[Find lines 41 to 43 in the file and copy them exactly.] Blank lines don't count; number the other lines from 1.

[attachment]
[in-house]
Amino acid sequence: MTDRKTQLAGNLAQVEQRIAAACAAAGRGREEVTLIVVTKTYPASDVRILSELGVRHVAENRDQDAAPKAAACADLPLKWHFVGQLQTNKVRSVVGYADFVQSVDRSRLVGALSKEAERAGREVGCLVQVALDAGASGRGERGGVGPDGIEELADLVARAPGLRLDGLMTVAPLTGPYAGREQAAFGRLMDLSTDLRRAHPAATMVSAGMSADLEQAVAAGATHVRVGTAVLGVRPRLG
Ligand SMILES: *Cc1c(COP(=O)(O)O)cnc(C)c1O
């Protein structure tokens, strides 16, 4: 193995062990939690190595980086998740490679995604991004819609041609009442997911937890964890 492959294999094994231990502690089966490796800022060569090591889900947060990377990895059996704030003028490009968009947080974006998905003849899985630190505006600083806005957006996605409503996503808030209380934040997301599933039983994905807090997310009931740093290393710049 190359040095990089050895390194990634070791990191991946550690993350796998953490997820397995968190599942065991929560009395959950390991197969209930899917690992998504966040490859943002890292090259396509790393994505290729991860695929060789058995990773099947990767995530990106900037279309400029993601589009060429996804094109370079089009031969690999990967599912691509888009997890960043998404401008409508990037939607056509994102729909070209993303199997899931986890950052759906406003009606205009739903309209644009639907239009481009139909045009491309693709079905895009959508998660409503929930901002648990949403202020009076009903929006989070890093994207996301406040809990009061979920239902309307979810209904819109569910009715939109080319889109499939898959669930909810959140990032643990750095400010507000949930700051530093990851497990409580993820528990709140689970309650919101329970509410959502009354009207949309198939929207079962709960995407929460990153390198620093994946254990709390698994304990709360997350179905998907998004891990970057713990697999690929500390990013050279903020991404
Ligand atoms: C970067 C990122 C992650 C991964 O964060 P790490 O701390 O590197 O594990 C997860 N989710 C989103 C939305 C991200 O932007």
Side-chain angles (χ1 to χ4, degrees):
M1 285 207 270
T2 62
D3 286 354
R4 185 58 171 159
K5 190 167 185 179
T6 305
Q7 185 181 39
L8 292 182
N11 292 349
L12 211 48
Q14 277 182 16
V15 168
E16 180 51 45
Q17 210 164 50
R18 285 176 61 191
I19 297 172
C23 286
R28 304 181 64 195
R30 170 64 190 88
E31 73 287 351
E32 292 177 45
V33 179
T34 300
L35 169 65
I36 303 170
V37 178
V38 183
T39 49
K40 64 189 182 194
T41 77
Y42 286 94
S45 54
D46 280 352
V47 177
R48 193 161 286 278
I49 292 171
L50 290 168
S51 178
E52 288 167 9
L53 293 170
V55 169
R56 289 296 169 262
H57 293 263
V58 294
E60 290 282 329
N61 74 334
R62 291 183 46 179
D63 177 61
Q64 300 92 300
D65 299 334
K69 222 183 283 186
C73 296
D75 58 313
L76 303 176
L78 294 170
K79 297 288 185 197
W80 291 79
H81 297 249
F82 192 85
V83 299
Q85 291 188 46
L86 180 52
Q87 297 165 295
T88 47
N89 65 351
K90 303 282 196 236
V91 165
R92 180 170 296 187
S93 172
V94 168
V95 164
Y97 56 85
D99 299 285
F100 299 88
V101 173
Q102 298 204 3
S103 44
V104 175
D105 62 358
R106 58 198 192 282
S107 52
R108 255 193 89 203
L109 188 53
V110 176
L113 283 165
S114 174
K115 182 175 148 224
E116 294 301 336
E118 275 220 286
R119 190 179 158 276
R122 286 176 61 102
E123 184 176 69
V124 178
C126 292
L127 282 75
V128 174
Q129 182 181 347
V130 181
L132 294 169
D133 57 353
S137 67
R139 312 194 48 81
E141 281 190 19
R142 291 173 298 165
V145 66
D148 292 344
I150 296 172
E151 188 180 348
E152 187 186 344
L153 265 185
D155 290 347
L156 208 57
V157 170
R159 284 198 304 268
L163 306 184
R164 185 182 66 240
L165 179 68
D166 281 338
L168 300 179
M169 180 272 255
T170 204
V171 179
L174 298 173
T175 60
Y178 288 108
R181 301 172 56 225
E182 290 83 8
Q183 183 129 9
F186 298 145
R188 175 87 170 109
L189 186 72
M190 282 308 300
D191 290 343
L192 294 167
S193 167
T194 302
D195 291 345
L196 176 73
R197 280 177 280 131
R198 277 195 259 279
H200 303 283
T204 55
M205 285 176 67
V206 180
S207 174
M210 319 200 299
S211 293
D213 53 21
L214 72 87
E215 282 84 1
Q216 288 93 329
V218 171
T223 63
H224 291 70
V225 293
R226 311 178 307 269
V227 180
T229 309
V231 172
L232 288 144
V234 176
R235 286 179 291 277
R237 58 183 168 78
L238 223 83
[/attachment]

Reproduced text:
R48 193 161 286 278
I49 292 171
L50 290 168